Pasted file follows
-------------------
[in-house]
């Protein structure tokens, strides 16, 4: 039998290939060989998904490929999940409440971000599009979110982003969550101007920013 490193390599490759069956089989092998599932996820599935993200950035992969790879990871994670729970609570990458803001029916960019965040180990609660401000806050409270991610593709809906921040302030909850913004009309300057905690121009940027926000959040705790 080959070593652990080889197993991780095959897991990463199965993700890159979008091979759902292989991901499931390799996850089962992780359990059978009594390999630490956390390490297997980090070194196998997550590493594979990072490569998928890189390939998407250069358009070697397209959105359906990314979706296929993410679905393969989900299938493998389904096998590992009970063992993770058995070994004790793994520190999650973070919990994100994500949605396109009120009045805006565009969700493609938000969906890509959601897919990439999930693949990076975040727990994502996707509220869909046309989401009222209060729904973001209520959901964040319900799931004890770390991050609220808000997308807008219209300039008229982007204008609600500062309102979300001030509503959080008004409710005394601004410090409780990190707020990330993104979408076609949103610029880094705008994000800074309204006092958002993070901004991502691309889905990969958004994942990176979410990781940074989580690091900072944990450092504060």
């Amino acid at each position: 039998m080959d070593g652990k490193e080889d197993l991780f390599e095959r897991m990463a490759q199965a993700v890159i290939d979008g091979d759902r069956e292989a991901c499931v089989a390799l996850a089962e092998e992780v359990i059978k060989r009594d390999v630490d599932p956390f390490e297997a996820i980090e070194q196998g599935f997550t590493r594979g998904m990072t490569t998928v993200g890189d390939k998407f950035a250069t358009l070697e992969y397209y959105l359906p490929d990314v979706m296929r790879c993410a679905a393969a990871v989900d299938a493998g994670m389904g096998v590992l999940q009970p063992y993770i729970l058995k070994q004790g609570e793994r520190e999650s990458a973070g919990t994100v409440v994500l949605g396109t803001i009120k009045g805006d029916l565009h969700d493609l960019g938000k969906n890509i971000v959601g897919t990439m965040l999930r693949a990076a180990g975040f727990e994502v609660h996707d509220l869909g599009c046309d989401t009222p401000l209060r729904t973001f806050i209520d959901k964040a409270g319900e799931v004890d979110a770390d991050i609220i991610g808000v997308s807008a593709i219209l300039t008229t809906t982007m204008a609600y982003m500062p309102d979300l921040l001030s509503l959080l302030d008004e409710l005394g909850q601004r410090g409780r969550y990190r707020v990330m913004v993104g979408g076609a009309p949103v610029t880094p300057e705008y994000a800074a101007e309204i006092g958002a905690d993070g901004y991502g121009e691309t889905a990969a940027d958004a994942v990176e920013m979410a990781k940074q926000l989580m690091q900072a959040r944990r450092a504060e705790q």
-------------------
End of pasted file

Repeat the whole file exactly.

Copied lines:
[in-house]
């Protein structure tokens, strides 16, 4: 039998290939060989998904490929999940409440971000599009979110982003969550101007920013 490193390599490759069956089989092998599932996820599935993200950035992969790879990871994670729970609570990458803001029916960019965040180990609660401000806050409270991610593709809906921040302030909850913004009309300057905690121009940027926000959040705790 080959070593652990080889197993991780095959897991990463199965993700890159979008091979759902292989991901499931390799996850089962992780359990059978009594390999630490956390390490297997980090070194196998997550590493594979990072490569998928890189390939998407250069358009070697397209959105359906990314979706296929993410679905393969989900299938493998389904096998590992009970063992993770058995070994004790793994520190999650973070919990994100994500949605396109009120009045805006565009969700493609938000969906890509959601897919990439999930693949990076975040727990994502996707509220869909046309989401009222209060729904973001209520959901964040319900799931004890770390991050609220808000997308807008219209300039008229982007204008609600500062309102979300001030509503959080008004409710005394601004410090409780990190707020990330993104979408076609949103610029880094705008994000800074309204006092958002993070901004991502691309889905990969958004994942990176979410990781940074989580690091900072944990450092504060």
């Amino acid at each position: 039998m080959d070593g652990k490193e080889d197993l991780f390599e095959r897991m990463a490759q199965a993700v890159i290939d979008g091979d759902r069956e292989a991901c499931v089989a390799l996850a089962e092998e992780v359990i059978k060989r009594d390999v630490d599932p956390f390490e297997a996820i980090e070194q196998g599935f997550t590493r594979g998904m990072t490569t998928v993200g890189d390939k998407f950035a250069t358009l070697e992969y397209y959105l359906p490929d990314v979706m296929r790879c993410a679905a393969a990871v989900d299938a493998g994670m389904g096998v590992l999940q009970p063992y993770i729970l058995k070994q004790g609570e793994r520190e999650s990458a973070g919990t994100v409440v994500l949605g396109t803001i009120k009045g805006d029916l565009h969700d493609l960019g938000k969906n890509i971000v959601g897919t990439m965040l999930r693949a990076a180990g975040f727990e994502v609660h996707d509220l869909g599009c046309d989401t009222p401000l209060r729904t973001f806050i209520d959901k964040a409270g319900e799931v004890d979110a770390d991050i609220i991610g808000v997308s807008a593709i219209l300039t008229t809906t982007m204008a609600y982003m500062p309102d979300l921040l001030s509503l959080l302030d008004e409710l005394g909850q601004r410090g409780r969550y990190r707020v990330m913004v993104g979408g076609a009309p949103v610029t880094p300057e705008y994000a800074a101007e309204i006092g958002a905690d993070g901004y991502g121009e691309t889905a990969a940027d958004a994942v990176e920013m979410a990781k940074q926000l989580m690091q900072a959040r944990r450092a504060e705790q």